SHORELINE – Shoreline Community College President Dr. Holly Moore has resigned, effective Sept. 1.
Moore’s decision was announced at the college’s Board of Trustees meeting Aug. 18.
“Dr. Moore has made many significant contributions to Shoreline Community College and we support her desire to explore other opportunities,” said Elsa Welch, chair of the Board of Trustees, in a written statement.
In a statement, Moore said she strove to provide a cost-effective, high-quality education to all students at SCC. She said “most of my goals for Shoreline have been achieved and I am now looking toward future challenges and opportunities.”
The board appointed Lee Lambert, the college’s vice president for human resources, as acting president beginning Sept. 1, until an interim appointment will be made.
Moore’s resignation came one week after the college’s Climate Task Force completed its report, which surveyed students, faculty and staff about the negative campus climate existing at Shoreline.
The Climate Task Force’s creation came in the wake of a vote of no confidence in Moore by the Faculty Senate in February.
The Faculty Senate includes both full- and part-time faculty and about 41 percent of the members returned ballots during the vote. Of the full-time faculty members, almost 70 percent voted. A total of 156 ballots were cast, with 121, or 77.5 percent, showing no confidence in Moore. Ballots cast indicating confidence in Moore totaled 26, and nine voters abstained.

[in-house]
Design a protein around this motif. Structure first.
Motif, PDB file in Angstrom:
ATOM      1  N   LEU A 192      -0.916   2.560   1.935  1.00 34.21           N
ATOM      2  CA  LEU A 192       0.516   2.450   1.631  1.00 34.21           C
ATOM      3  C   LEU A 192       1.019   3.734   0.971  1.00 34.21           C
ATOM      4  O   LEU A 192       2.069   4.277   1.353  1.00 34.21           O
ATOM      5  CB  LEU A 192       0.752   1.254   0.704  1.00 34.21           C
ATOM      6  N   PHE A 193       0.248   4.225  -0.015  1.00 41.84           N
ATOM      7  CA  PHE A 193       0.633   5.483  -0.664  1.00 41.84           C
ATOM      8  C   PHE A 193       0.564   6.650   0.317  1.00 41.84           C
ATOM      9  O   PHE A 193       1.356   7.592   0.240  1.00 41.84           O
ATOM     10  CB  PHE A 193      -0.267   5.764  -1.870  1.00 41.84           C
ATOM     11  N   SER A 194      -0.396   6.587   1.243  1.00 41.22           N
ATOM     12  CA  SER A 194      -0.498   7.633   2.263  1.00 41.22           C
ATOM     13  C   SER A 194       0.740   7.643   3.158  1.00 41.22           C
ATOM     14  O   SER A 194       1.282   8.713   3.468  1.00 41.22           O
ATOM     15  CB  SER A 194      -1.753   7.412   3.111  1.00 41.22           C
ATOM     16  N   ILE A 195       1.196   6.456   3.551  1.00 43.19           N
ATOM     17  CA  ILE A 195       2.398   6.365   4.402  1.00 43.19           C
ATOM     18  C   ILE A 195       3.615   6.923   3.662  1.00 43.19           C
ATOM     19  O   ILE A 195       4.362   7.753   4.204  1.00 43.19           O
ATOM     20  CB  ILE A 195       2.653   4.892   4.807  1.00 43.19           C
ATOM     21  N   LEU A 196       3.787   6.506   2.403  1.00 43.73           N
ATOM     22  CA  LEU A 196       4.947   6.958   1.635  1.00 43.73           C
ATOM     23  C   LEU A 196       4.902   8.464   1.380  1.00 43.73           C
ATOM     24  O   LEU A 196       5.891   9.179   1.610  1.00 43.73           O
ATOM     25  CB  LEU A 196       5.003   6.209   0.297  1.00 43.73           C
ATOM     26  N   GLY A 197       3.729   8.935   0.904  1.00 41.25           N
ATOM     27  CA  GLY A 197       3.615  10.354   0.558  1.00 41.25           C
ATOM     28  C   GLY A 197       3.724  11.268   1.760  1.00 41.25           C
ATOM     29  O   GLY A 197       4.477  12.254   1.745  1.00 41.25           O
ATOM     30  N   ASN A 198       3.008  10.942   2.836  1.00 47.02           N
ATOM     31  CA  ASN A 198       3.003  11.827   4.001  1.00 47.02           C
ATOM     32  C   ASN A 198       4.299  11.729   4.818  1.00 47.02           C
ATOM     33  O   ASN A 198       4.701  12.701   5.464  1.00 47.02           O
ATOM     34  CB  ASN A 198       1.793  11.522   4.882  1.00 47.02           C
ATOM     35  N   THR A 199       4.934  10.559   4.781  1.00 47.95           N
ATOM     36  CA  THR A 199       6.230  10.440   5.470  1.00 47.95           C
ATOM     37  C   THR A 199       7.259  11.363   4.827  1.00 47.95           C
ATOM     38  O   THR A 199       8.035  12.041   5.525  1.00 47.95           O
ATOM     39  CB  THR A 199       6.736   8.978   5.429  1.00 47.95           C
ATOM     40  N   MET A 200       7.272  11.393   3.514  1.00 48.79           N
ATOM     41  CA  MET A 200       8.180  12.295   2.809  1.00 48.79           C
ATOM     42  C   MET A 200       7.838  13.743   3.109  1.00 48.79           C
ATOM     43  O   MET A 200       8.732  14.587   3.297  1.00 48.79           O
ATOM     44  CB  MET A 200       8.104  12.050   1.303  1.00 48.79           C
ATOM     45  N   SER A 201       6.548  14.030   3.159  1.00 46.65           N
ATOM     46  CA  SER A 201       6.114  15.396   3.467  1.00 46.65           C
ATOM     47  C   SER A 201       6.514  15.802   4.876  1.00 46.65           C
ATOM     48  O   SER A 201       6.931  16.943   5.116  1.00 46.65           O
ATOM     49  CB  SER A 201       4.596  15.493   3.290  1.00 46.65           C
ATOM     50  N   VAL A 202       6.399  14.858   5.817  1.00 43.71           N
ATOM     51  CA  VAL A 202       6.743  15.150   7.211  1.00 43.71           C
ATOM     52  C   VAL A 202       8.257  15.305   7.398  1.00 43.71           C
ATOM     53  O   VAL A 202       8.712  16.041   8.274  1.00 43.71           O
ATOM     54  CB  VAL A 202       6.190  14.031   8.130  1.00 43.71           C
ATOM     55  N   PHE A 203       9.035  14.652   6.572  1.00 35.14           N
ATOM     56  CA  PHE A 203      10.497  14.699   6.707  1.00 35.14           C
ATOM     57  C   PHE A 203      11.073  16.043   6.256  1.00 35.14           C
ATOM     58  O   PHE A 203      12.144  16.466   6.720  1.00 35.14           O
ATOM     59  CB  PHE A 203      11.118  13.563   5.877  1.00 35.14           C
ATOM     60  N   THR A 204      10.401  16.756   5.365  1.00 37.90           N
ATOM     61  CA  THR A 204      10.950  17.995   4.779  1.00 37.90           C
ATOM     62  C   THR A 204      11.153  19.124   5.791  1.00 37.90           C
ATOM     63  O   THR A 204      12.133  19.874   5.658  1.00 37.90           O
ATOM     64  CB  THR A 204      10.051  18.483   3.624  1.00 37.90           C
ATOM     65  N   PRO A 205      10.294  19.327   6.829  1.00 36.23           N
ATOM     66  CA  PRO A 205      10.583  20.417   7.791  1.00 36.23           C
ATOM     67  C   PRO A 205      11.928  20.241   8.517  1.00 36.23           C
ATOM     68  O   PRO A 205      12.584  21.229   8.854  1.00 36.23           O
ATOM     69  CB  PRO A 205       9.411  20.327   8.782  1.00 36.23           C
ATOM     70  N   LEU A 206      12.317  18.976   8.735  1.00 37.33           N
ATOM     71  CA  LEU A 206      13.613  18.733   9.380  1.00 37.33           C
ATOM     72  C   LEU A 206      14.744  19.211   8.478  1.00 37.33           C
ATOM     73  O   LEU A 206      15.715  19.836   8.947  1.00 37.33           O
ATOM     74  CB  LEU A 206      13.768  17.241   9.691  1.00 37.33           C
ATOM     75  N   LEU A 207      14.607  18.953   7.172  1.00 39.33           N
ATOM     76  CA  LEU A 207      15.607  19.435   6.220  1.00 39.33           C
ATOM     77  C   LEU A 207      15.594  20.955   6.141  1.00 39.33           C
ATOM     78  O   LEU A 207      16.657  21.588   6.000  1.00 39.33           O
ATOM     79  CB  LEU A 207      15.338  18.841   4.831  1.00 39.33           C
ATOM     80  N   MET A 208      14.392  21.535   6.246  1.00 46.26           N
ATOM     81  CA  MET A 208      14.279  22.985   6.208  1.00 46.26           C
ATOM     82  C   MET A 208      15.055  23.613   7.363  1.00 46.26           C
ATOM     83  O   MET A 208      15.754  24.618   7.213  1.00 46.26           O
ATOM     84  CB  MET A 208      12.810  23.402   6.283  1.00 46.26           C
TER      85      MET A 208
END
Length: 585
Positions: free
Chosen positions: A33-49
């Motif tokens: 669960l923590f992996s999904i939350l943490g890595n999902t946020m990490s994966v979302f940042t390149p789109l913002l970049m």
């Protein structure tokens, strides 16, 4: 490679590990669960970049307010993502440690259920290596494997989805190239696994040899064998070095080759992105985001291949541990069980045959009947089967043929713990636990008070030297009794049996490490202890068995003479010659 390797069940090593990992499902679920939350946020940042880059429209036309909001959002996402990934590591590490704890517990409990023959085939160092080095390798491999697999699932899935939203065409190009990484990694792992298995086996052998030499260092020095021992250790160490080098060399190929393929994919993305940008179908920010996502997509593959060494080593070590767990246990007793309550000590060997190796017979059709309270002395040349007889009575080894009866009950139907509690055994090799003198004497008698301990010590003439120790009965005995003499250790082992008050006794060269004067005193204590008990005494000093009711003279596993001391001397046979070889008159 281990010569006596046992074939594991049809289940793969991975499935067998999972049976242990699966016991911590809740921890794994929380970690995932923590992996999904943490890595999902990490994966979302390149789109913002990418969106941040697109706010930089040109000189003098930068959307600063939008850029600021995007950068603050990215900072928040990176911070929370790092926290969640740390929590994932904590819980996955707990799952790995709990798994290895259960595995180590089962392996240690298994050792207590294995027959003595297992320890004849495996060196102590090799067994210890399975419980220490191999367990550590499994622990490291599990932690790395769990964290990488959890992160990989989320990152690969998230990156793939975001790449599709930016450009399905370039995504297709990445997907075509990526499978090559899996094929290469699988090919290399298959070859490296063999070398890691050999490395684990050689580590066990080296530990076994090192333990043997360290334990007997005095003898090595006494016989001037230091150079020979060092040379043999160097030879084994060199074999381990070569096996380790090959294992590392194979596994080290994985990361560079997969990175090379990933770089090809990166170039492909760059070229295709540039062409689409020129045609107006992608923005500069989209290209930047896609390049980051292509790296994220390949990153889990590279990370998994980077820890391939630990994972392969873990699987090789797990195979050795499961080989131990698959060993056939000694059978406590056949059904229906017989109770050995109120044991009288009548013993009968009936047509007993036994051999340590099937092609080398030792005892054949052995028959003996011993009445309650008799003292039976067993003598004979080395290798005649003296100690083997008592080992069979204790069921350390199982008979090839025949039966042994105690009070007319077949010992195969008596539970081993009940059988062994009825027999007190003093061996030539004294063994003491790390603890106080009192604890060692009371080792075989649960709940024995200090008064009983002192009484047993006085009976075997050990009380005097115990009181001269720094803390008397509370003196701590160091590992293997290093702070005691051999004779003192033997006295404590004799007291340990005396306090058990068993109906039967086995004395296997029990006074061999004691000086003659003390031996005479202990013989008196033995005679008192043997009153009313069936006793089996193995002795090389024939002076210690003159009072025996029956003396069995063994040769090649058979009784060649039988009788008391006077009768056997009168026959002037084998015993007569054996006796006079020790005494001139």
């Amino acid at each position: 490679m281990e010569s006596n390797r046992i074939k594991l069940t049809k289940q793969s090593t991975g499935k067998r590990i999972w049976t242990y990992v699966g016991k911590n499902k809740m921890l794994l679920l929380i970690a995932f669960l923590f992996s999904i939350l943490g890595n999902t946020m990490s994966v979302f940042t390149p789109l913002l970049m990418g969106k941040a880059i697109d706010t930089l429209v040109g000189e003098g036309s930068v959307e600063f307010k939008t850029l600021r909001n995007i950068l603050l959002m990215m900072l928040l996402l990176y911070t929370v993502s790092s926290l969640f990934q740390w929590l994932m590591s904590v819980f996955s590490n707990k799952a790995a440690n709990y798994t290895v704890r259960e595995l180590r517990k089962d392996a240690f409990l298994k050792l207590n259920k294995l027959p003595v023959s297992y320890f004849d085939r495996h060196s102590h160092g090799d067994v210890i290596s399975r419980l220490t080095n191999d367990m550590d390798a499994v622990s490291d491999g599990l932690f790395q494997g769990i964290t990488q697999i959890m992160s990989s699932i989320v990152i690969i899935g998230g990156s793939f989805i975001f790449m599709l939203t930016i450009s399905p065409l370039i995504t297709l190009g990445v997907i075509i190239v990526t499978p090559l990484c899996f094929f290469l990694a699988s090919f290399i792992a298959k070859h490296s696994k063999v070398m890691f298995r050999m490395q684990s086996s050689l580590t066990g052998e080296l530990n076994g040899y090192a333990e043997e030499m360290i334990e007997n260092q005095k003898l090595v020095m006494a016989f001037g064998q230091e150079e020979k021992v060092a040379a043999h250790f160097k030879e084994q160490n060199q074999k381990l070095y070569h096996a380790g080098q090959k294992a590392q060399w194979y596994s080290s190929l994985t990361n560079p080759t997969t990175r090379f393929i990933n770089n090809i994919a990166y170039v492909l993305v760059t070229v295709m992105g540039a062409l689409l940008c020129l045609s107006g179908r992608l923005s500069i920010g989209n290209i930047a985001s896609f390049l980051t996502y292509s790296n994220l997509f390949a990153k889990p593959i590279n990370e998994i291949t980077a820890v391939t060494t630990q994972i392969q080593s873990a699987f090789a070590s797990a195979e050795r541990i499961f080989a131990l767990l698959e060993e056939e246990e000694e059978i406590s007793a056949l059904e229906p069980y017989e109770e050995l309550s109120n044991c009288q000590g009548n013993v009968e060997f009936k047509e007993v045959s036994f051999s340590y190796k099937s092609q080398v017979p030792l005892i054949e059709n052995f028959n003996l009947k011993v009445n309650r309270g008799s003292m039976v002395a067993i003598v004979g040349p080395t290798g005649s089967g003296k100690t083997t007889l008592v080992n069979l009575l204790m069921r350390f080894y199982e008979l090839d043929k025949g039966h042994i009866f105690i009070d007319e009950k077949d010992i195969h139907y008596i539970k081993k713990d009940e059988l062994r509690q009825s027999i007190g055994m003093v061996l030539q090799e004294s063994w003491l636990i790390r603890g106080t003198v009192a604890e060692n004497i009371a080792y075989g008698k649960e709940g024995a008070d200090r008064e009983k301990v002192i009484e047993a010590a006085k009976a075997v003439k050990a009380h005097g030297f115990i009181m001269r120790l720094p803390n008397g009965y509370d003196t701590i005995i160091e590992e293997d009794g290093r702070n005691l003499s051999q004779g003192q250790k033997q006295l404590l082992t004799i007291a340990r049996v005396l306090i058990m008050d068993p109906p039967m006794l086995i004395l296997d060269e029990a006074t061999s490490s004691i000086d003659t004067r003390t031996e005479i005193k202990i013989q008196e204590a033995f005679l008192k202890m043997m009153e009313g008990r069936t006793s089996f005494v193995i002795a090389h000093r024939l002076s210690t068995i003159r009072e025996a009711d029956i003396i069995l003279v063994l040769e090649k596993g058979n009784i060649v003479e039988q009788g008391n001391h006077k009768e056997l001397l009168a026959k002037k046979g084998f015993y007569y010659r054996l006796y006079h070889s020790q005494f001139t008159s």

Moore began her career at Shoreline Community College as an instructor of parent education in 1979. She taught a number of courses, including topics spanning special education and early childhood curriculum development.
Moore also served on a number of committees, including a period as chair of the Faculty Senate.
Her first administrative position came in 1995, as an assistant vice president of academic affairs. She then served as vice president of workforce and economic development beginning in 1998.
This background helped her create connections with organizations such as the Seattle-King County Workforce Development Council, the Washington State Workforce Advisory Committee and the Workforce Alliance National Board.
Appointed interim president in 2000, Moore was selected as president by the Board of Trustees after a nationwide search was completed in 2001.
Last fall, Moore helped secure an almost $1.5 million grant from the U.S. Department of Labor for expanding SCC’s automotive training curriculum nationwide.
Lambert’s duties as acting president will include managing day-to-day activities and preparing the college for the interim president.
In its statement, the Board of Trustees said it will seek input regarding the appointment of an interim president and hopes to make an announcement soon. It also will form a presidential search committee comprised of members of the campus community.